Intel and QuTech address hardware issues between quantum chips in cryogenic environments.
Research findings published in Nature highlight progress towards quantum scalability by controlling silicon qubits with Intel’s Horse Ridge cryogenic chip. A major interconnect bottleneck in current solid-state qubit implementations appears between the quantum chip in a dilution refrigerator and the electronics at room temperature.
Getting the control electronics to operate at high fidelity at cryogenic temperatures is key to overcoming what is called the ‘interconnect or wiring bottleneck’. Intel highlighted how the results published in Nature mark an important milestone in addressing this challenge in quantum connections.
When someone mentions quantum computers, our mind goes to the processors, and the ‘glacial’ temperatures needed to keep the qubits running stably. However, this is only one part of the whole system. There are many factors that determine its ultimate efficiency. Intel is also working on the whole control and manufacturing part in terms of the lithography needed to allow the processor inside a dilution refrigerator to interface with the outside world.
Silicon spin qubits are basically like transistors, devices that Intel is able to produce at a very large scale using lithographic processes. Advanced lithography allows both control electronics and qubits to be fabricated in silicon using a technology that’s compatible with complementary metal-oxide semiconductors (CMOS).
Intel – unlike Google and IBM who use superconducting qubits – is focusing on silicon spin qubits. Silicon spin qubits are basically like transistors and work according to the rotation of the magnetic moment of a single microwave-controlled electron.
When the control electronics system is designed to operate at cryogenic temperatures, it can be integrated with the qubits on the same die, overcoming the above-mentioned ‘wiring bottleneck’.
Intel and QuTech collaboration
Typically, quantum systems use electronics at room temperature, outside the refrigerator, with lots of coaxial cables routed to the processor. According to Intel, this approach is inefficient, as it does not scale with a large number of qubits due to size and thermal load. Cost is also a limiting factor.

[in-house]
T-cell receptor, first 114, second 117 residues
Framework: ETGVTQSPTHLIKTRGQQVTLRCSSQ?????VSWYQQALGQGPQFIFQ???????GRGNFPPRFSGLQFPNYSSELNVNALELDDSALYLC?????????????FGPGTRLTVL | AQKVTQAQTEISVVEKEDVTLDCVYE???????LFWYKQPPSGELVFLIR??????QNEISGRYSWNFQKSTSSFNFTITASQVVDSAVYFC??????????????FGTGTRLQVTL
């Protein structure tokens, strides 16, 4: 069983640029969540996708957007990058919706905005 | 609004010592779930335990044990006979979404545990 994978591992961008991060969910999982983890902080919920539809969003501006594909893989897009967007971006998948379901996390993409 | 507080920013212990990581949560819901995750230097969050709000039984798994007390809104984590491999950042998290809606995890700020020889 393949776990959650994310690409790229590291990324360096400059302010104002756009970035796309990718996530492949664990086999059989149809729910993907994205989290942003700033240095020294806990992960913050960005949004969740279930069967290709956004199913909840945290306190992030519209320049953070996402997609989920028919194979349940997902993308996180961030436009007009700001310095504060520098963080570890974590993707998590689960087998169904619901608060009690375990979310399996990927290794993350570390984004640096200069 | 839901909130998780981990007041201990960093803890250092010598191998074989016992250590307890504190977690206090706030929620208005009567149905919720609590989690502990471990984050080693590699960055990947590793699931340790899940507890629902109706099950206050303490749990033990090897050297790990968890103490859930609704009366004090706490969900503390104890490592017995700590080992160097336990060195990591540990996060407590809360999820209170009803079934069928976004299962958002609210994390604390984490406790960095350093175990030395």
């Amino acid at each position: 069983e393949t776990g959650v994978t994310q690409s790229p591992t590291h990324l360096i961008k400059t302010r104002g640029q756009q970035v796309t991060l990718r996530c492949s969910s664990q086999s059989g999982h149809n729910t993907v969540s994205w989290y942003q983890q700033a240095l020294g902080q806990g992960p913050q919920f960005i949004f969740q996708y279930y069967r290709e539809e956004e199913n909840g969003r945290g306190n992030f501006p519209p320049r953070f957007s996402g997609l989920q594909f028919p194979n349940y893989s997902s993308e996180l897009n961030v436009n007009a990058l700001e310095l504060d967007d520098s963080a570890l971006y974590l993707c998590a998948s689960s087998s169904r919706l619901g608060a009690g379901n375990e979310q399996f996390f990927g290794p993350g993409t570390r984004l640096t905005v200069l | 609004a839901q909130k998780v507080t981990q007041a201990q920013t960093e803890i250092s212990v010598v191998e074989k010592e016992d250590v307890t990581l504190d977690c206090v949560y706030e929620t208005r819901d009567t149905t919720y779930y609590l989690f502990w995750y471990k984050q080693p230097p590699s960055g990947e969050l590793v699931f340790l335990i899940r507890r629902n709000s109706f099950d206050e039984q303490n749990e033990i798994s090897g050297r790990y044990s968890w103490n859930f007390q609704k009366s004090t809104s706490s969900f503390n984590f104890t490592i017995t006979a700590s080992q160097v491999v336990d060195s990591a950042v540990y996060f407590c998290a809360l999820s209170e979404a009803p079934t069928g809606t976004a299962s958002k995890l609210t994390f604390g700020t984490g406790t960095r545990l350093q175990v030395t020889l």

Speaking of the work published in Nature, Stefano Pellarano, principal engineer at Intel Labs, said, “Our research is rooted in the idea of quantum practicality, and we’re betting on silicon spin qubits as the optimal path to quantum scalability.” He added, “The results driven in partnership with QuTech, showed promising progress in lifting a major roadblock in quantum scaling.”
Intel and QuTech project is a collaboration between the Delft University of Technology and the Netherlands Organisation for Applied Scientific Research. It addresses hardware issues between quantum chips that are in cryogenic environments and the complex room-temperature electronics that control the qubits.
In the Nature paper, Intel and QuTech highlighted the results of the Horse Ridge controller’s fidelity at cryogenic temperatures while controlling multiple silicon qubits, paving the way for full integration of the controller chip and the qubits on the same die – since they are all fabricated in silicon – or package. Intel and Qutech also demonstrated frequency multiplexing across two qubits using a single wire, simplifying wiring for testing and measurement. Horse Ridge aims to solve this limitation by exploiting multiplexing to reduce the number of radiofrequency cables needed to control the qubits.
In the scientific paper, Intel reports that a cryogenic CMOS control chip operating at 3 kelvins emitted tailored microwave bursts to drive silicon quantum bits cooled to 20 millikelvins. A benchmark of the control chip was performed and demonstrated an electrical performance consistent with qubit operations of 99.99 percent fidelity, assuming ideal qubits. Subsequently, it was repeated to check the real qubits encoded in the spin of single electrons confined in silicon quantum dots. The same fidelity was obtained using the control chip compared to commercial control electronics instruments that operate at room temperature.
In practice, the Horse Ridge chip brings key control functions in the cryogenic cooler at the shortest possible distance from the qubits themselves, reducing the complexity and number of control harnesses. The research, as Intel indicated, shows a commercial CMOS-based cryo-controller achieving consistent control of a two-qubit processor at the same fidelity levels (99.7%) as room-temperature electronics. This is another step in the quantum world that will enable a simplified management of multiple qubits.
This article was originally published on EE Times Europe.
Maurizio Di Paolo Emilio holds a Ph.D. in Physics and is a telecommunication engineer and journalist. He has worked on various international projects in the field of gravitational wave research. He collaborates with research institutions to design data acquisition and control systems for space applications. He is the author of several books published by Springer, as well as numerous scientific and technical publications on electronics design.